HUNTINGTON, W.Va. — A federal judge has temporarily halted the implementation of a law that severely restricts syringe exchange programs in West Virginia.
U.S. District Court Judge Robert Chambers issued the temporary restraining order Monday, prohibiting the state from enforcing Senate Bill 334. A preliminary injunction hearing has been set for July 8, a day before the new law goes into effect. The hearing will determine if the stay will continue throughout the lawsuit.
The American Civil Liberties Union of West Virginia filed a lawsuit Friday in the Southern District Court of West Virginia on behalf of Milan Puskar Health Right, a clinic running harm reduction services, including a syringe program, in Morgantown; Lawson Koeppel, president of the Virginia Harm Reduction Coalition, according to the West Virginia Secretary of State’s office; Alina Lemire and Carrie Ware.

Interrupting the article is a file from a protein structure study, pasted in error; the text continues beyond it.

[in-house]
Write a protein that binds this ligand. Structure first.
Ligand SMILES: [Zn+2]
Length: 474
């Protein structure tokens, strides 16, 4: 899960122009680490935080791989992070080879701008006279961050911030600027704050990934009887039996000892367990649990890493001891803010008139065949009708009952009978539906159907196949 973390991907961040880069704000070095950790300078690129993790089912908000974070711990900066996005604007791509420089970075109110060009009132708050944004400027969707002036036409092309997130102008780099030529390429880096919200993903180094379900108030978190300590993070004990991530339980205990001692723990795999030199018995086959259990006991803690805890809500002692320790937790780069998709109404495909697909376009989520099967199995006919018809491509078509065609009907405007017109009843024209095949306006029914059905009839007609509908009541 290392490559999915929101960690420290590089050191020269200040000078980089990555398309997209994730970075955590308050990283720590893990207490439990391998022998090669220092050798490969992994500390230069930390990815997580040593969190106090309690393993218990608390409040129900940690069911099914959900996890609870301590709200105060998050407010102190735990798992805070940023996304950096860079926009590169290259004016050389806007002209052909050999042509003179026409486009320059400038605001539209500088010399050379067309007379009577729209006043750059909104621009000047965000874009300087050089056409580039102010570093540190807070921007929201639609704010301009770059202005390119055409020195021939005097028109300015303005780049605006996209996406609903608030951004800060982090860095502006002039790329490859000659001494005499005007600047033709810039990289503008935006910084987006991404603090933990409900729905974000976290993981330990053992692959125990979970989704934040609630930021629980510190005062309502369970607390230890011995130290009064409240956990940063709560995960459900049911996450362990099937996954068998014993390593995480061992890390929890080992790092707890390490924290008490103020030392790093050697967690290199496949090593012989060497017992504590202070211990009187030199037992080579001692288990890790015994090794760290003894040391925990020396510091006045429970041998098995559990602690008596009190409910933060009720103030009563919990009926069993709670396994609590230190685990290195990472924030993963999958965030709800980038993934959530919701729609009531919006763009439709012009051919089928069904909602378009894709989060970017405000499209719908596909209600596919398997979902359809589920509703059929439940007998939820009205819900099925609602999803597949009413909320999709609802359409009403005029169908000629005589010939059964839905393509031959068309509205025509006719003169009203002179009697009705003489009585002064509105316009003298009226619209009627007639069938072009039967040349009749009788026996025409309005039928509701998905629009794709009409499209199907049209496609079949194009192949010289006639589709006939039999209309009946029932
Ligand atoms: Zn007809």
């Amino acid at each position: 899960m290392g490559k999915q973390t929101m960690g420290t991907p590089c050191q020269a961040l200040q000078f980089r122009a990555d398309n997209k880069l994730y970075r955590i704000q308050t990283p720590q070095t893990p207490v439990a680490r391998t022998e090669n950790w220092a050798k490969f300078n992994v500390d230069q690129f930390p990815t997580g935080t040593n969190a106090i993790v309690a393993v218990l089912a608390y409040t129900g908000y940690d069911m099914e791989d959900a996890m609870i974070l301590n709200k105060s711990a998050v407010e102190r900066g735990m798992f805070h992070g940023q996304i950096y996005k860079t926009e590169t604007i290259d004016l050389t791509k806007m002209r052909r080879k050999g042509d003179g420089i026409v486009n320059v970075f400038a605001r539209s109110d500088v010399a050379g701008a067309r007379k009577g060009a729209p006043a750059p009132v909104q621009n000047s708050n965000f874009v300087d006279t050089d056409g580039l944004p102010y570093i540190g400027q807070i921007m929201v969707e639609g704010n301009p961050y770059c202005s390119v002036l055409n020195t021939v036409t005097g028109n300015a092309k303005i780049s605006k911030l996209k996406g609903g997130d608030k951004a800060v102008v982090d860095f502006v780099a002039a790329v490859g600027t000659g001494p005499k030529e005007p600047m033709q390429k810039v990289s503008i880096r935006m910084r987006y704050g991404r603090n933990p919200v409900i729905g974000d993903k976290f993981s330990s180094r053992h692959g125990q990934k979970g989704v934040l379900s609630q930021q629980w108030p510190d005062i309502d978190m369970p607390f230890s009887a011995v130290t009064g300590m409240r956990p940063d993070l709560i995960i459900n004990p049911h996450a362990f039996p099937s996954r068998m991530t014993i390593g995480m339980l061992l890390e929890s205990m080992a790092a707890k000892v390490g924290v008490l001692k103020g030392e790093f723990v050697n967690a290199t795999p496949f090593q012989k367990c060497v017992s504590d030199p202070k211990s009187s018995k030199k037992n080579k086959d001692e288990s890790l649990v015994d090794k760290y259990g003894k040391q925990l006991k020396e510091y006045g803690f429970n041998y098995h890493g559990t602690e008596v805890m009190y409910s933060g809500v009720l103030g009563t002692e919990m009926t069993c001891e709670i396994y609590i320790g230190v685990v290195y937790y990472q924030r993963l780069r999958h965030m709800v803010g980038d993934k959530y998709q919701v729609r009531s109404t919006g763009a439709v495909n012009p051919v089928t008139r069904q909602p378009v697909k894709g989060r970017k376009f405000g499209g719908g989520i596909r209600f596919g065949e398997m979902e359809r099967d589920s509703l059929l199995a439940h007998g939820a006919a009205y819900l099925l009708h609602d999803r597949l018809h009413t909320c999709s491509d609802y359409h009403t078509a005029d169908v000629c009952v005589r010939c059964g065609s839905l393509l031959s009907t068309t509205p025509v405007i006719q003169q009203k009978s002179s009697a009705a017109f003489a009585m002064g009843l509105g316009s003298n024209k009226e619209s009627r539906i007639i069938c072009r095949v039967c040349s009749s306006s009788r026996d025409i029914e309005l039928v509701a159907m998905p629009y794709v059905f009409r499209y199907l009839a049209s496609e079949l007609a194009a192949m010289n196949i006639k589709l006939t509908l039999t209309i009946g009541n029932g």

SB 334 established a licensure program for harm reduction programs operating syringe exchanges. Programs must offer a full array of harm reduction services, and include restrictions that go against Centers for Disease Control and Prevention standards such as a 1:1 model and requiring syringes be unique to the program…